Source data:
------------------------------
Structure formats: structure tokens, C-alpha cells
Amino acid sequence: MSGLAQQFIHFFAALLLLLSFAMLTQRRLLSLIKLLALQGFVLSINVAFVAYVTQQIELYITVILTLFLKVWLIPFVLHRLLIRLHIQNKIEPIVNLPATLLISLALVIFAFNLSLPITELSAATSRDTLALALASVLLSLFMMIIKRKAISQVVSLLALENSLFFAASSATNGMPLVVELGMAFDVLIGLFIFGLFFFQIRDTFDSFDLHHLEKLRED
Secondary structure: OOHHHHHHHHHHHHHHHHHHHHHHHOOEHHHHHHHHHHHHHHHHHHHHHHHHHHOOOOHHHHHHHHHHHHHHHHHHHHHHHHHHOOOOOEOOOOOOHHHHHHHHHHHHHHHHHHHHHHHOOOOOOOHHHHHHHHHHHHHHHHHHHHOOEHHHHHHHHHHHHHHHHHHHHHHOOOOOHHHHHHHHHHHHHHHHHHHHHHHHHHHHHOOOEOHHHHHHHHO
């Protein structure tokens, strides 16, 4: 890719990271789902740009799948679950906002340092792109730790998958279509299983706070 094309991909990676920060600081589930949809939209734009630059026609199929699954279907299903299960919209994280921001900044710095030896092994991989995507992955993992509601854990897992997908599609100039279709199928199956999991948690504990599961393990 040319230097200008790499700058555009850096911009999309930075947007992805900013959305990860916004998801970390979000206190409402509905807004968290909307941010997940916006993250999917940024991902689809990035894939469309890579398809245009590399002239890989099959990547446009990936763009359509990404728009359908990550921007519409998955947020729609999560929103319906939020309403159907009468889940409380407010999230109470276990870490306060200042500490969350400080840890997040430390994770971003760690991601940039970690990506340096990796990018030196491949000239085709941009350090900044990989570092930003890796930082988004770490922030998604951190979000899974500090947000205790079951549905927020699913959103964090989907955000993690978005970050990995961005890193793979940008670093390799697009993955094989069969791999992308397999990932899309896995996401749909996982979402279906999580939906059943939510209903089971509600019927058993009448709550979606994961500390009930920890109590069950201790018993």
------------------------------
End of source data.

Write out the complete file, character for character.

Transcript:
Structure formats: structure tokens, C-alpha cells
Amino acid sequence: MSGLAQQFIHFFAALLLLLSFAMLTQRRLLSLIKLLALQGFVLSINVAFVAYVTQQIELYITVILTLFLKVWLIPFVLHRLLIRLHIQNKIEPIVNLPATLLISLALVIFAFNLSLPITELSAATSRDTLALALASVLLSLFMMIIKRKAISQVVSLLALENSLFFAASSATNGMPLVVELGMAFDVLIGLFIFGLFFFQIRDTFDSFDLHHLEKLRED
Secondary structure: OOHHHHHHHHHHHHHHHHHHHHHHHOOEHHHHHHHHHHHHHHHHHHHHHHHHHHOOOOHHHHHHHHHHHHHHHHHHHHHHHHHHOOOOOEOOOOOOHHHHHHHHHHHHHHHHHHHHHHHOOOOOOOHHHHHHHHHHHHHHHHHHHHOOEHHHHHHHHHHHHHHHHHHHHHHOOOOOHHHHHHHHHHHHHHHHHHHHHHHHHHHHHOOOEOHHHHHHHHO
């Protein structure tokens, strides 16, 4: 890719990271789902740009799948679950906002340092792109730790998958279509299983706070 094309991909990676920060600081589930949809939209734009630059026609199929699954279907299903299960919209994280921001900044710095030896092994991989995507992955993992509601854990897992997908599609100039279709199928199956999991948690504990599961393990 040319230097200008790499700058555009850096911009999309930075947007992805900013959305990860916004998801970390979000206190409402509905807004968290909307941010997940916006993250999917940024991902689809990035894939469309890579398809245009590399002239890989099959990547446009990936763009359509990404728009359908990550921007519409998955947020729609999560929103319906939020309403159907009468889940409380407010999230109470276990870490306060200042500490969350400080840890997040430390994770971003760690991601940039970690990506340096990796990018030196491949000239085709941009350090900044990989570092930003890796930082988004770490922030998604951190979000899974500090947000205790079951549905927020699913959103964090989907955000993690978005970050990995961005890193793979940008670093390799697009993955094989069969791999992308397999990932899309896995996401749909996982979402279906999580939906059943939510209903089971509600019927058993009448709550979606994961500390009930920890109590069950201790018993």